There are robots


I feel strongly that Link primarily and perhaps exclusively uses science and technology in this game to defeat his enemies. I feel less strongly about the nature of his enemies, which, to be frank, is where I am least confident in my Zelda-is-sci-fi argument.

Many of the enemies Link encounters in the hour of gameplay we've seen do not use magic. They do look bizarre, perhaps even fantasy-like. To that, I say that science fiction has a rich history of utilizing extraterrestrials and bizarre creatures to tell its story. What do you make of the Klingons in Star Trek, for example?

I will admit, however, that I am having a little bit of trouble explaining away the stalfos (undead skeleton warriors) Link fights. It's unclear how far Hyrulian technology has progressed; perhaps it's possible to reanimate skeletons at some point. Similarly, I'm having trouble explaining the rock creature you see below.

And this monk guy? A misguided religious fanatic, in my humble opinion.

So, point, maybe a point or twofor fantasy there. However, we've also seen two separate goddamn robots. These aren't "ancient robots" like we've seen before, either. These are badass, futuristic robots that are classic sci-fi.

Where is Hyrule?

Nintendo has never said definitively what planet Hyrule is on, and it's a subject of much contention. The realm Link lives and fights on is often referred to in some past games as "The Light World," but the planet itself is still a mystery. There's a creation myth for the Legend of Zelda that involves goddesses who created a sacred realm, which is pretty strictly in the realm of "fantasy." To that, I say that Earth also has plenty of creation myths—just because something is a myth or has a supernatural explanation doesn't necessarily mean it's true.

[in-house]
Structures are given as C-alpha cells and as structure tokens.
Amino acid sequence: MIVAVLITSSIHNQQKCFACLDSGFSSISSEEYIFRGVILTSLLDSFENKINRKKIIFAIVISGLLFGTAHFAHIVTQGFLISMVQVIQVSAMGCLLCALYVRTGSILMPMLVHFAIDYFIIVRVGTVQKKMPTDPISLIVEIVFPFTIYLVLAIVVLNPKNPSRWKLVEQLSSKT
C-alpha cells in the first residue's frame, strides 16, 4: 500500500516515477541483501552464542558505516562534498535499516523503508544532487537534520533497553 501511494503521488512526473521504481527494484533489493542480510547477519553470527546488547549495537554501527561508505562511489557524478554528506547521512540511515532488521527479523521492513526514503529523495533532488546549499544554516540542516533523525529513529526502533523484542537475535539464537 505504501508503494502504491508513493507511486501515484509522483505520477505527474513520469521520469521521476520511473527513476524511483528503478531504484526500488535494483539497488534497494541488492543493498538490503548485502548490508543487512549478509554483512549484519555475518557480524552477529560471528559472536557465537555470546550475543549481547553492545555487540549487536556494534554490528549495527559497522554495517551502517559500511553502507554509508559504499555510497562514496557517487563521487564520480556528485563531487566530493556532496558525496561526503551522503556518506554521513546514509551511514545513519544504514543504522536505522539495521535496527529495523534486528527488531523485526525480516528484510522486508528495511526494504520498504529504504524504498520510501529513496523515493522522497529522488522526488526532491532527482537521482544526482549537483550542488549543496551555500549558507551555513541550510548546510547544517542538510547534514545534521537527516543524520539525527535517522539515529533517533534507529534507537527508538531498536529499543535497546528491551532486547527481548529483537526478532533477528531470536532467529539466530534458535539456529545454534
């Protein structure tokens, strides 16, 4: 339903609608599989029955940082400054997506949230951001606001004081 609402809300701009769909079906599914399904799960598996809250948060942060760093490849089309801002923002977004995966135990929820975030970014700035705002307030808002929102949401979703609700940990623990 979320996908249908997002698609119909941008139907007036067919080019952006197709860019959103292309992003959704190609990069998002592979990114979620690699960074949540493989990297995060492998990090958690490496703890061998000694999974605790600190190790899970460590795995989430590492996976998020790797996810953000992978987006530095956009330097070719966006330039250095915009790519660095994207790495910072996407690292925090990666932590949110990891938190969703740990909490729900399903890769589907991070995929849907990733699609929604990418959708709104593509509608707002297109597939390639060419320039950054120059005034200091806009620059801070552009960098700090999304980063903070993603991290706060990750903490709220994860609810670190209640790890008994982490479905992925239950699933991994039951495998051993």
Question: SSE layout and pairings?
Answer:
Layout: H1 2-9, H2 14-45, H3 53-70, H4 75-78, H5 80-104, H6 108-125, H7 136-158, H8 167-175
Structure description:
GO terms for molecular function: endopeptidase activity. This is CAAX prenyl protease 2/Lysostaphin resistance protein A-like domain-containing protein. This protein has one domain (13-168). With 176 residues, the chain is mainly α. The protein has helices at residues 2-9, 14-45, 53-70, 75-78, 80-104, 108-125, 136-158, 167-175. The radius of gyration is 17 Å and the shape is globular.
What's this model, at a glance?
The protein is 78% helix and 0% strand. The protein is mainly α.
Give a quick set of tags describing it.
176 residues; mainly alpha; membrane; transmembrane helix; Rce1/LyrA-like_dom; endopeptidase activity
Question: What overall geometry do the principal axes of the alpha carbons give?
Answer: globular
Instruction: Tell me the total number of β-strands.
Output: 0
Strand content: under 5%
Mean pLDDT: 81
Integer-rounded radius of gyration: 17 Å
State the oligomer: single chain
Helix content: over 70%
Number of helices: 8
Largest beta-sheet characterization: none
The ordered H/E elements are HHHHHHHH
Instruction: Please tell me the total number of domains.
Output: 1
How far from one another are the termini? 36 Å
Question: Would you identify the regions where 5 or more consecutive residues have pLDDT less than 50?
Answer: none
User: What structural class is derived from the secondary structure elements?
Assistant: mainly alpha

I doubt we'll learn too much about the world in Breath of the Wild, but we do see a set of constellations in the first shrine that I am relatively sure aren't Earth constellations (if you know what they are, please let me know—I couldn't find any information about them).

If Hyrule is indeed not Earth, the fantasy-type characters can be explained away—they're aliens.

What is science fiction?

Here at Motherboard, we have a pretty broad interpretation of what "science fiction" is. Science fiction often uses, well, science, to tell a speculative story about society. Breath of the Wild isn't out yet, and we know precious little about its story. In my mind, whether Breath of the Wild is truly science fiction will depend on the nature of the Sheikah Slate and how it works. Right now, everything we've seen suggests that the game will explore what happened to the Sheikah, an ancient class of ninjas.

Given Aonuma's quote about link relying on "technology," not magic, I'd bet on a scientific explanation for the slate's powers—maybe the ninja warriors created incredibly technology and were marginalized because of it. Sufficiently advanced, technology is indistinguishable from magic, after all.